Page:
A Force for Good

Meg is a councilor and deputy supervisor in the Town of Plattsburgh, elected for the first time in 2014. She currently serves on the finance, audit, water/wastewater, youth services and recreation, buildings and grounds, and ambulance and community service committees. Now in her second year, Meg is especially proud of her role in helping to secure a grant through New York State Energy Research & Development, which named the Town of Plattsburgh as a lead organization in its NY-Sun initiative. The Solarize Adirondack Coast campaign will work with local installers to bring affordable solar energy to homes and businesses throughout Clinton County and northern Essex County. “I am thrilled to be a leader in a program that promotes a sustainable and resilient energy future while preserving our exceptional natural resources in the North Country,” Meg said.
When she ran for the Town Council Meg had two goals. “I wanted to support renewable energy programs and help foster opportunities for young professionals in the area. We’ve made strides in both of these areas, but there’s still so much to be done.” She noted that learn- ing about the town’s infrastructure and having a voice in the town’s capital plan has been the most exciting part of her job thus far. But wait, I’m getting ahead of the story. Let’s go back to the beginning.

Meg LeFevre grew up in Morrisonville, attended St. Alexander’s School in Morrisonville and then Seton Catholic. During her high school years she was active in sports and had a lot of friends, but while her classmates were making plans for college Meg had other ideas. College life just didn’t interest her, so after graduation Meg took on not one job but two. She was working hard and having fun, but then in January of 2001 her world took an abrupt turn. While she was skiing at Titus Mountain in Malone, Meg took a terrible fall. She landed on her head, broke her neck, and was instantly paralyzed from her armpits down. Intensive care, delicate surgery and seemingly endless rehabilitation became her new way of life. She was told she would never walk again. She couldn’t bathe, dress, or feed herself. She was totally dependent on others.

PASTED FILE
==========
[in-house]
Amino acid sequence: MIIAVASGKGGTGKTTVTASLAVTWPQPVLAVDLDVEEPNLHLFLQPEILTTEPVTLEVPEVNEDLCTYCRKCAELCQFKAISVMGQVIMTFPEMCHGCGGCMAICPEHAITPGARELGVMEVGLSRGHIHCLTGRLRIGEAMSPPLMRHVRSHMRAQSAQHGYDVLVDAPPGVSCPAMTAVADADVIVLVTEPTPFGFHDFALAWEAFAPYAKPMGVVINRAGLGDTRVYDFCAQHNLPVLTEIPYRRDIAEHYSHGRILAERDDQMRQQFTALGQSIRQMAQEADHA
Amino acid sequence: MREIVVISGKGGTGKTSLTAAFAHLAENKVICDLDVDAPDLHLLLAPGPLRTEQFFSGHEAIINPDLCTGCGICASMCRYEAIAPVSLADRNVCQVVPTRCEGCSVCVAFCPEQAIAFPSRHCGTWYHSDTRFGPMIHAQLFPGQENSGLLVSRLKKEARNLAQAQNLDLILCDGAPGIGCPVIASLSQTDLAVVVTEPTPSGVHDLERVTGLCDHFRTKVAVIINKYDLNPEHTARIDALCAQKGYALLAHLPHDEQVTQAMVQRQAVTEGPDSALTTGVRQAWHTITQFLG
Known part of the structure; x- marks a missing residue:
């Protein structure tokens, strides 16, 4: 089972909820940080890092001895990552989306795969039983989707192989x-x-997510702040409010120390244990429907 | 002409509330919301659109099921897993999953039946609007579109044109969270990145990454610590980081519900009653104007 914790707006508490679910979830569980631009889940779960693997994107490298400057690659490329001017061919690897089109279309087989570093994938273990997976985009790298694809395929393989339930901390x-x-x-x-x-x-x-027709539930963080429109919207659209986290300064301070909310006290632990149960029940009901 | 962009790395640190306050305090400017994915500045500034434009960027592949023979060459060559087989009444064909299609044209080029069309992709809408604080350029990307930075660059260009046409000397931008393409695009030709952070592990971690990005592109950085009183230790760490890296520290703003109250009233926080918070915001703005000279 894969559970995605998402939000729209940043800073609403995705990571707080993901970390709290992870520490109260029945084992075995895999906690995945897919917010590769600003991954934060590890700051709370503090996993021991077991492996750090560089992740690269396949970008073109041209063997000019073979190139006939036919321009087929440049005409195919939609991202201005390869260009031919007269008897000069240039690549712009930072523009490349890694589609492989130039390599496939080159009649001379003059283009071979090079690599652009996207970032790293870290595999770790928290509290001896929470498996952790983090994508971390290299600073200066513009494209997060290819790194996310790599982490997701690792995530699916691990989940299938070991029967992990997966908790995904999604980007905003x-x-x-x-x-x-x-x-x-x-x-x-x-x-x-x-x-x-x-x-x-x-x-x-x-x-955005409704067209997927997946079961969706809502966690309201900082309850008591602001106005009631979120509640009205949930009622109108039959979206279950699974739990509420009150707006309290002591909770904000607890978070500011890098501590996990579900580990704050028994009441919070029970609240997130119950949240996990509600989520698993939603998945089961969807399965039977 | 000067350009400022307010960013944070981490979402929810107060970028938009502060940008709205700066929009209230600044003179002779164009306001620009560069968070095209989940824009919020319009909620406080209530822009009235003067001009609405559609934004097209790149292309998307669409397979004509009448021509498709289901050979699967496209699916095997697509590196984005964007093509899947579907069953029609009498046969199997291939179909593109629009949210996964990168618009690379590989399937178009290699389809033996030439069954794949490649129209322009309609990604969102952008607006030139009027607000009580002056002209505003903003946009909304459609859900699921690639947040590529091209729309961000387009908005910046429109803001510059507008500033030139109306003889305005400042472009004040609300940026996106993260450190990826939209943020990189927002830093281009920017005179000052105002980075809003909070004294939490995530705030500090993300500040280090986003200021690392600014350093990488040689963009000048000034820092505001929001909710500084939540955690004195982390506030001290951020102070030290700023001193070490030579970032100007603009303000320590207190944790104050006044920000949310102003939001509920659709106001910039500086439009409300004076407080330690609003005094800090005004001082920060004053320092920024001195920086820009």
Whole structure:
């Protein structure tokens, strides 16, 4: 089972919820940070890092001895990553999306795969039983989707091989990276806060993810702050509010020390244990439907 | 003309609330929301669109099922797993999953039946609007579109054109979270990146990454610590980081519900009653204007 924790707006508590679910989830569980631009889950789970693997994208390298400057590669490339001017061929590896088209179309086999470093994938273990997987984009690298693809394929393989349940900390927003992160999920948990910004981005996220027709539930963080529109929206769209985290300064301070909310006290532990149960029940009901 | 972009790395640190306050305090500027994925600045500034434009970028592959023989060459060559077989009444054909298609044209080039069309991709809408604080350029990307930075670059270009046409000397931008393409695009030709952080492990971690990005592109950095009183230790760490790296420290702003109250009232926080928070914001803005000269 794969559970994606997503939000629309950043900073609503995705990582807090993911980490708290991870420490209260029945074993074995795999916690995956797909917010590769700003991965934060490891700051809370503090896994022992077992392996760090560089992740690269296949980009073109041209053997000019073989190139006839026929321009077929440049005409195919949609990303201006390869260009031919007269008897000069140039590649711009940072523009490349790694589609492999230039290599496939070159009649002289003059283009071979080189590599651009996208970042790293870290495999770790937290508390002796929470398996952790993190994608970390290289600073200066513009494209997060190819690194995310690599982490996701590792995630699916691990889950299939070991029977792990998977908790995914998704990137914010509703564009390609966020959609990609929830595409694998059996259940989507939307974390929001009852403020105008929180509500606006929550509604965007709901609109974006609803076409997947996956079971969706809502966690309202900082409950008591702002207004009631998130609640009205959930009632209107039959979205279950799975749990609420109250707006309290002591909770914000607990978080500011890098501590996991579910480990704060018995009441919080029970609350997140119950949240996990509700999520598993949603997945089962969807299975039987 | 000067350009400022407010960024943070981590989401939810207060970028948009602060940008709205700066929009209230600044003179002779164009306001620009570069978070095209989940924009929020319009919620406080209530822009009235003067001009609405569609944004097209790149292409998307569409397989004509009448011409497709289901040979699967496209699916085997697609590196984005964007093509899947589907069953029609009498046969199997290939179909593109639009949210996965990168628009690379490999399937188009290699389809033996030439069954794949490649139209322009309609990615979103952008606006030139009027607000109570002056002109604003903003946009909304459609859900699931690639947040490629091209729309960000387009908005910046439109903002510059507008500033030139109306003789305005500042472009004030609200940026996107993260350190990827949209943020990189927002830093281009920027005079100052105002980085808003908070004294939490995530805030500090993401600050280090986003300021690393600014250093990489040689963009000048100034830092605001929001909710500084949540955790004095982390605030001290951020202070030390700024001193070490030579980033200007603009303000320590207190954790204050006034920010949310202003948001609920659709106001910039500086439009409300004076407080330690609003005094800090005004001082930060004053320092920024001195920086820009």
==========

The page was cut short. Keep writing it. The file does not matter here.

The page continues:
As she looked back on that time LeFevre emphasized, “I didn’t want to be a burden on my family. I knew I needed to learn how to do things for myself. “During the next year she worked to regain her strength and independence. Her goal was to master all the things she needed to be self-sufficient and avoid having to live life in a wheelchair. Gradually she overcame her limitations. In physical therapy she tried a walker and then forearm crutches. It took a long time, but ultimately she became proficient with the crutches. Determined to be independent she moved out of her parents’ home and into an apartment. Even though help was available if she needed it, with amazing resolve she learned to manage on her own.

As her hard work paid off and her health improved Meg began to think about a new future, one that included college after all. In 2006 she moved to Albany where she enrolled in Hudson Valley Community College’s engineering and architecture program. With several of her family members in the building trades, Meg had a lifelong love of construction design and real estate development. She soon learned, however, that she had a natural knack for writing and communication. After two semesters at HVCC, Meg moved back to the North Country and completed her Associate’s degree at Clinton Community College. She went on to earn her Bachelor’s degree from SUNY Plattsburgh in English/ Writing Arts in 2011. As an undergraduate Meg wrote articles for a SUNY publication and won the Hassler Endowment Scholarship while she worked part-time in the Plattsburgh Town Clerk’s office. After graduation she moved to the Clinton County Legislative office as an audit clerk. Meg jokes that she got her wires crossed, working once again with numbers as an auditor instead of an editor. But she made the most of her two years as an auditor, taking advantage of the opportunity to establish several strong professional relationships and learn about the everyday ins and outs of government. “It was an invaluable experience,” she said.